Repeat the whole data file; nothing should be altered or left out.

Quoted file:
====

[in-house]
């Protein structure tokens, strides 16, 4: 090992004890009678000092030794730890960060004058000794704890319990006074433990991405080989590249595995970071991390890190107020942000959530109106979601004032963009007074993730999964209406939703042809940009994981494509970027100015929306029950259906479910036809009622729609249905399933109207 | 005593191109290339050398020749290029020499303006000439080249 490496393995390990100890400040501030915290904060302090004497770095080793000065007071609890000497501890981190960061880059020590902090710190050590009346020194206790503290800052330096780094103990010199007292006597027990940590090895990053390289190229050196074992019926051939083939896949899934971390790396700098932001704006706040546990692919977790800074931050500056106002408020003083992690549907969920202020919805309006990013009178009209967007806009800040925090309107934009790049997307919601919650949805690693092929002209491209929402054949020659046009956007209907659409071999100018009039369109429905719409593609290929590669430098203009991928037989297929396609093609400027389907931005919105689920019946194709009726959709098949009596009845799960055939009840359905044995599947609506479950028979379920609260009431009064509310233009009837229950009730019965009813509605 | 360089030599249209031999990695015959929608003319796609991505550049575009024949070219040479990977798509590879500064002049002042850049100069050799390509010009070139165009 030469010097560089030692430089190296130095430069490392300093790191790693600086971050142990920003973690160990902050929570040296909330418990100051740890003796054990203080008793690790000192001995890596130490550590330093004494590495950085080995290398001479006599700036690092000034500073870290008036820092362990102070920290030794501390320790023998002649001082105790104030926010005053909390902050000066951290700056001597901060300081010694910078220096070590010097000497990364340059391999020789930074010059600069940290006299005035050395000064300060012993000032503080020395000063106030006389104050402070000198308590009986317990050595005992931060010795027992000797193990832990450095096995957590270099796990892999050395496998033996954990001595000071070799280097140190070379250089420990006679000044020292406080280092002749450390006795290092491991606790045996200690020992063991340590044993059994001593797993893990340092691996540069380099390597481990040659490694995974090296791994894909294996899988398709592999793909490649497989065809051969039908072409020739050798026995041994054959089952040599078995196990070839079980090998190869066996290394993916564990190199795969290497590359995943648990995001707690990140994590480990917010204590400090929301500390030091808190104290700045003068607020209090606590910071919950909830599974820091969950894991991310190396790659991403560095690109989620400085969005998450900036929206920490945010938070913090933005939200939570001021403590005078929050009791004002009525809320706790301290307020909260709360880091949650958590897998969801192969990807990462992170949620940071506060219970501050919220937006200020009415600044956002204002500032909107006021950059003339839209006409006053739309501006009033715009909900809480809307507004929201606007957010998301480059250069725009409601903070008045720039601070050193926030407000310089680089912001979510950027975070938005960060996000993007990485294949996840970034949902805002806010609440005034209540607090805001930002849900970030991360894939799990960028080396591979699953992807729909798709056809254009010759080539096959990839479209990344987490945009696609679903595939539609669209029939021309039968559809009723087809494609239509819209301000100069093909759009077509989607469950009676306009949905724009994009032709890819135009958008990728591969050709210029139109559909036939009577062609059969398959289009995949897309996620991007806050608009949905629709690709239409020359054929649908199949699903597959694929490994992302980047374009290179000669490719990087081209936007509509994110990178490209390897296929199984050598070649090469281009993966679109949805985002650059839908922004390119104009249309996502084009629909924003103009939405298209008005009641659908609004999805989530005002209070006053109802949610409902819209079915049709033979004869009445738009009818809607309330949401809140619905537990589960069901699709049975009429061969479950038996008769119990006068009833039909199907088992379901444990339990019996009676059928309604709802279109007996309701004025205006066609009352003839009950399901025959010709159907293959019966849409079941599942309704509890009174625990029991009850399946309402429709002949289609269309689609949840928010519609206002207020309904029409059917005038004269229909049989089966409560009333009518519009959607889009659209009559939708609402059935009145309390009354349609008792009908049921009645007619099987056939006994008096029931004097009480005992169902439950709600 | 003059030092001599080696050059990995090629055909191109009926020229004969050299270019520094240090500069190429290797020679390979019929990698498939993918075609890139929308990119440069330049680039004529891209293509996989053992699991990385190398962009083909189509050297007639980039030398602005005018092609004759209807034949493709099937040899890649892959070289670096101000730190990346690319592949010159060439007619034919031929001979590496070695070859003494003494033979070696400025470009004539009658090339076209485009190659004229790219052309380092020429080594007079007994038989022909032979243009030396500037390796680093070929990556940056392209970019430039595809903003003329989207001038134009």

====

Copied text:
[in-house]
């Protein structure tokens, strides 16, 4: 090992004890009678000092030794730890960060004058000794704890319990006074433990991405080989590249595995970071991390890190107020942000959530109106979601004032963009007074993730999964209406939703042809940009994981494509970027100015929306029950259906479910036809009622729609249905399933109207 | 005593191109290339050398020749290029020499303006000439080249 490496393995390990100890400040501030915290904060302090004497770095080793000065007071609890000497501890981190960061880059020590902090710190050590009346020194206790503290800052330096780094103990010199007292006597027990940590090895990053390289190229050196074992019926051939083939896949899934971390790396700098932001704006706040546990692919977790800074931050500056106002408020003083992690549907969920202020919805309006990013009178009209967007806009800040925090309107934009790049997307919601919650949805690693092929002209491209929402054949020659046009956007209907659409071999100018009039369109429905719409593609290929590669430098203009991928037989297929396609093609400027389907931005919105689920019946194709009726959709098949009596009845799960055939009840359905044995599947609506479950028979379920609260009431009064509310233009009837229950009730019965009813509605 | 360089030599249209031999990695015959929608003319796609991505550049575009024949070219040479990977798509590879500064002049002042850049100069050799390509010009070139165009 030469010097560089030692430089190296130095430069490392300093790191790693600086971050142990920003973690160990902050929570040296909330418990100051740890003796054990203080008793690790000192001995890596130490550590330093004494590495950085080995290398001479006599700036690092000034500073870290008036820092362990102070920290030794501390320790023998002649001082105790104030926010005053909390902050000066951290700056001597901060300081010694910078220096070590010097000497990364340059391999020789930074010059600069940290006299005035050395000064300060012993000032503080020395000063106030006389104050402070000198308590009986317990050595005992931060010795027992000797193990832990450095096995957590270099796990892999050395496998033996954990001595000071070799280097140190070379250089420990006679000044020292406080280092002749450390006795290092491991606790045996200690020992063991340590044993059994001593797993893990340092691996540069380099390597481990040659490694995974090296791994894909294996899988398709592999793909490649497989065809051969039908072409020739050798026995041994054959089952040599078995196990070839079980090998190869066996290394993916564990190199795969290497590359995943648990995001707690990140994590480990917010204590400090929301500390030091808190104290700045003068607020209090606590910071919950909830599974820091969950894991991310190396790659991403560095690109989620400085969005998450900036929206920490945010938070913090933005939200939570001021403590005078929050009791004002009525809320706790301290307020909260709360880091949650958590897998969801192969990807990462992170949620940071506060219970501050919220937006200020009415600044956002204002500032909107006021950059003339839209006409006053739309501006009033715009909900809480809307507004929201606007957010998301480059250069725009409601903070008045720039601070050193926030407000310089680089912001979510950027975070938005960060996000993007990485294949996840970034949902805002806010609440005034209540607090805001930002849900970030991360894939799990960028080396591979699953992807729909798709056809254009010759080539096959990839479209990344987490945009696609679903595939539609669209029939021309039968559809009723087809494609239509819209301000100069093909759009077509989607469950009676306009949905724009994009032709890819135009958008990728591969050709210029139109559909036939009577062609059969398959289009995949897309996620991007806050608009949905629709690709239409020359054929649908199949699903597959694929490994992302980047374009290179000669490719990087081209936007509509994110990178490209390897296929199984050598070649090469281009993966679109949805985002650059839908922004390119104009249309996502084009629909924003103009939405298209008005009641659908609004999805989530005002209070006053109802949610409902819209079915049709033979004869009445738009009818809607309330949401809140619905537990589960069901699709049975009429061969479950038996008769119990006068009833039909199907088992379901444990339990019996009676059928309604709802279109007996309701004025205006066609009352003839009950399901025959010709159907293959019966849409079941599942309704509890009174625990029991009850399946309402429709002949289609269309689609949840928010519609206002207020309904029409059917005038004269229909049989089966409560009333009518519009959607889009659209009559939708609402059935009145309390009354349609008792009908049921009645007619099987056939006994008096029931004097009480005992169902439950709600 | 003059030092001599080696050059990995090629055909191109009926020229004969050299270019520094240090500069190429290797020679390979019929990698498939993918075609890139929308990119440069330049680039004529891209293509996989053992699991990385190398962009083909189509050297007639980039030398602005005018092609004759209807034949493709099937040899890649892959070289670096101000730190990346690319592949010159060439007619034919031929001979590496070695070859003494003494033979070696400025470009004539009658090339076209485009190659004229790219052309380092020429080594007079007994038989022909032979243009030396500037390796680093070929990556940056392209970019430039595809903003003329989207001038134009």